If you are of the school of thought – I am – that self-loathing is gone and pride is here to stay, you are free at last to watch the film (or see the play) as a “landmark and cultural touchstone." Students of gay history and culture should see it as probably the best depiction available of internalized homophobia, the “before” picture, before consciousness raising. It does take effort to watch hysterical screamers having nervous breakdowns and couples torturing each other psychologically.

Just before I put the DVD on, Fiddler on the Roof was on television. I marvelled at the coincidence that Leonard Frey, who plays Harold in Boys, also plays the character Motel Kamzoil in Fiddler. But there is another parallel. Watching the Jews of Anatevka driven from their homes, if you are inclined to dwell on the past, will make you grieve. If you focus on the lot of most Jews in America today, however, you need not fear being a pollyanna. You can simply be looking at the glass as half full, and embrace and celebrate progress.

There is no other way to look at Boys in the Band, it seems to me. If you are looking for a gay story to enjoy, this clearly isn’t it. If you are looking for gay history, however, this is a must-see. As one reviewer put it, “I recovered from it grateful I don’t hate myself (at least not for being gay).”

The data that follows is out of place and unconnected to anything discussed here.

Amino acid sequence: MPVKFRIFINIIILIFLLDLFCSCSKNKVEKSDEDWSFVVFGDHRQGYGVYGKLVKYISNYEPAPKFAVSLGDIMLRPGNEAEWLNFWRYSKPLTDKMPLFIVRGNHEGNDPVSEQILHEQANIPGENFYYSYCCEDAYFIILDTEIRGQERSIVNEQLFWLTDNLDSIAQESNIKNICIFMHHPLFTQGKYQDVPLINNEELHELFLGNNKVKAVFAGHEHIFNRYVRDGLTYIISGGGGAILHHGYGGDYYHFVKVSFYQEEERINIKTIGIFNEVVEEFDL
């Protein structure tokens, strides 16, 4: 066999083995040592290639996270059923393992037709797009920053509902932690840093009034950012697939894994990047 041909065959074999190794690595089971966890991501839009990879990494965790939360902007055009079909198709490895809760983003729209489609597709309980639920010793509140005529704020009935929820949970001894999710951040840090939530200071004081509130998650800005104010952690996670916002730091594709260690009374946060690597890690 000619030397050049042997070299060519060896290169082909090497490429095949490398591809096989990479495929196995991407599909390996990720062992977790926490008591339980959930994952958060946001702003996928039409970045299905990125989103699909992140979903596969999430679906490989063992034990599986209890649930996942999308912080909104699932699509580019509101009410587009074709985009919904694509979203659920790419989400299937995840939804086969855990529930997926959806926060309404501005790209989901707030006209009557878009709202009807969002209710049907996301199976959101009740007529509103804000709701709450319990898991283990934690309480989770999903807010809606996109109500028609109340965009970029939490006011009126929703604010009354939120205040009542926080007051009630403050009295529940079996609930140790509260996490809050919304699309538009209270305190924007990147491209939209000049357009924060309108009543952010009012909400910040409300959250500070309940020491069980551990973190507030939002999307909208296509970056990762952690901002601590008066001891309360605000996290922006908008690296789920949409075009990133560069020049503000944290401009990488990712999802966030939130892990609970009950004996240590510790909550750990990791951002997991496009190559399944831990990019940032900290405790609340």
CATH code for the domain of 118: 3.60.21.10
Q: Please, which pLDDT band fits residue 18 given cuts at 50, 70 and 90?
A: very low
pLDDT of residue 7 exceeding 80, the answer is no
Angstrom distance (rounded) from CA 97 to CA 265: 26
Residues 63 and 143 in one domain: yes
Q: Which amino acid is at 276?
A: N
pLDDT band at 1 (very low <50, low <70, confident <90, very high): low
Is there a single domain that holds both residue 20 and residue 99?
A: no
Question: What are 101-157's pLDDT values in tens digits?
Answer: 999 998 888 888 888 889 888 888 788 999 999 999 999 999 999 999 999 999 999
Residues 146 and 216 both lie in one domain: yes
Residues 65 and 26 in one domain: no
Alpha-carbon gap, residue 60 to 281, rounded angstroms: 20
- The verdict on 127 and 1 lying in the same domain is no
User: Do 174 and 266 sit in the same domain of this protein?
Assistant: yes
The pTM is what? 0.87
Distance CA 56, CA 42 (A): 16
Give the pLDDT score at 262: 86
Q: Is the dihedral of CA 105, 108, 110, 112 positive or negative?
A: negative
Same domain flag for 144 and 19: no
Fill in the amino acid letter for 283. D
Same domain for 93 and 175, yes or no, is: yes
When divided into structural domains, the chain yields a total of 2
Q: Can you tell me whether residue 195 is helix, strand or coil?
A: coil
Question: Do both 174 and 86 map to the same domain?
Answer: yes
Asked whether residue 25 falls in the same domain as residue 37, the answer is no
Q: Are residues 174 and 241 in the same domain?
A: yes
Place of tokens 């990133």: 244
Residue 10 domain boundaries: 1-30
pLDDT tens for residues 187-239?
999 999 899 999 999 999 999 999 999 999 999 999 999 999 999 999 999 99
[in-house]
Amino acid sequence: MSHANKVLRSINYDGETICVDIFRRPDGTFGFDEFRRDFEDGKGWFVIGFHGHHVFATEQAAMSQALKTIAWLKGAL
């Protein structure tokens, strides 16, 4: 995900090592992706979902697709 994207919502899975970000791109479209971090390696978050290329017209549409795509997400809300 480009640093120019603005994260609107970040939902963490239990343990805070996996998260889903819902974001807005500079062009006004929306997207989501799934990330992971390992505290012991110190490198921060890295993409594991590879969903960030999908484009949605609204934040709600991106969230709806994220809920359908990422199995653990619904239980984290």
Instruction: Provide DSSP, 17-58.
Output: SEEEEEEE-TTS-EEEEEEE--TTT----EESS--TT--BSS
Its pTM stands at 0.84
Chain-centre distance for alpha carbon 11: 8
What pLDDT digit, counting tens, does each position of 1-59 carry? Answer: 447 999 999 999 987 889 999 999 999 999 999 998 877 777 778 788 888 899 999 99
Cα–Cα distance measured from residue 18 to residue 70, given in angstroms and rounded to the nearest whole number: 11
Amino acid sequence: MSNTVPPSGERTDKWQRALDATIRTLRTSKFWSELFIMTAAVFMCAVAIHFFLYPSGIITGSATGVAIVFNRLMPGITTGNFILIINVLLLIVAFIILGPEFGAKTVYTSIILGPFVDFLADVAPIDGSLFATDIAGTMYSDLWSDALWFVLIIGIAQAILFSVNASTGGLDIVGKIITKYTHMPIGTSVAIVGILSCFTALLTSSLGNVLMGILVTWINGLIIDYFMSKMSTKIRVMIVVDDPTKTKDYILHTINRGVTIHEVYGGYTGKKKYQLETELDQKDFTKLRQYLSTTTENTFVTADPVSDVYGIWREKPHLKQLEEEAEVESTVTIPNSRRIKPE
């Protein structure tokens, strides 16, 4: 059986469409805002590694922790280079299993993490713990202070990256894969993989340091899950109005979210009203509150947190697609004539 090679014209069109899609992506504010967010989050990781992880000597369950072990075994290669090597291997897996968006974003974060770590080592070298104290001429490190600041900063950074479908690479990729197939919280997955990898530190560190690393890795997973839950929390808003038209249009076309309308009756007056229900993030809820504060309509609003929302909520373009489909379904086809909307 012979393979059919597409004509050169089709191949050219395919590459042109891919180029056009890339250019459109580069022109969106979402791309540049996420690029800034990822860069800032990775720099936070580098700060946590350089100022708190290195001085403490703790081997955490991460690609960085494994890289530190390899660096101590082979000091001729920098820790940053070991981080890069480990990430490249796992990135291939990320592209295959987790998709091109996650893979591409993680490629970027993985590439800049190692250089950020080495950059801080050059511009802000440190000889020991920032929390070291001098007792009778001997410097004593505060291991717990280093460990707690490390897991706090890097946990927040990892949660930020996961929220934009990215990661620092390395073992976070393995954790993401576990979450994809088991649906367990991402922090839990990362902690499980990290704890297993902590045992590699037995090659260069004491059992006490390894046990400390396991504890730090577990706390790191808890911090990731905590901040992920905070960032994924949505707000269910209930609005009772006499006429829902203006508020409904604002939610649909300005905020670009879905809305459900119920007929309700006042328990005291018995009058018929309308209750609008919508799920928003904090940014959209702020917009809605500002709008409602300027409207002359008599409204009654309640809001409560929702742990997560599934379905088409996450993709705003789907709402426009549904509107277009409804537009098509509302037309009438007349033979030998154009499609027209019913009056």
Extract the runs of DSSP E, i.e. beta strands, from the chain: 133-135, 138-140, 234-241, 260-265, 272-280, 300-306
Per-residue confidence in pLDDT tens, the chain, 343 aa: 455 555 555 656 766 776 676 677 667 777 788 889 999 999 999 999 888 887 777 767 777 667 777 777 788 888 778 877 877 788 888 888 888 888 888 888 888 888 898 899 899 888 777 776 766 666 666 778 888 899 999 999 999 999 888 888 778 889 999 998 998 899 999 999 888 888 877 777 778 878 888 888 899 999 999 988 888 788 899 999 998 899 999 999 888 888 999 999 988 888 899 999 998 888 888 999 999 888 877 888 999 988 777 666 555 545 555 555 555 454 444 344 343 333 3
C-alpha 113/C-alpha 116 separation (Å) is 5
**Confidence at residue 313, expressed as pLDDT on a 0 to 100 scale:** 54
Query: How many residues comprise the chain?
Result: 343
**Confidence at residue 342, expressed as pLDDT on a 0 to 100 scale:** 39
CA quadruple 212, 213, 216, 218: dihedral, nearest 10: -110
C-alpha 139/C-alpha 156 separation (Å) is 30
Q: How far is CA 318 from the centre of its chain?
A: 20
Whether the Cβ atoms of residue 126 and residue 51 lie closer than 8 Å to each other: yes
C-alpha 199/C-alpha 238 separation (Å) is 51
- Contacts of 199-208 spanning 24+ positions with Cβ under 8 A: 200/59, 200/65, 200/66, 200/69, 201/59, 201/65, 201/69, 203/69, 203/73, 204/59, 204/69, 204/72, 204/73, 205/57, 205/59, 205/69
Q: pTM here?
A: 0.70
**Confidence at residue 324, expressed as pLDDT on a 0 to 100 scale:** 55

I steeled myself to watch it, waited till I was in the right head space. Wanted to be well rested and not distracted, figuring I was going to go into a funk. Instead, I was delighted. The bitch fights between Harold and Michael, cruel as they are, made me nostalgic for the 60s when putdowns were avidly cultivated by many people I knew. Emory’s habit of using women’s names in alliteration in a running commentary on what’s happening – “Connie Casserole” as he brings in the lasagne dish – made me remember discussions I had in linguistics classes on "the syntax of the native tongue, faggotese." And I was reminded of a complaint one politically astute gay student at my university levelled in the mid 90s at the other students in the organization. Instead of fighting to get each other out of the closet, they were content just to sit around, he said, and give each other girls’ names. “It’s all very Boys in the Band,” he said.

My reaction to the film involved all these heady thoughts, in other words, and few if any emotional reactions.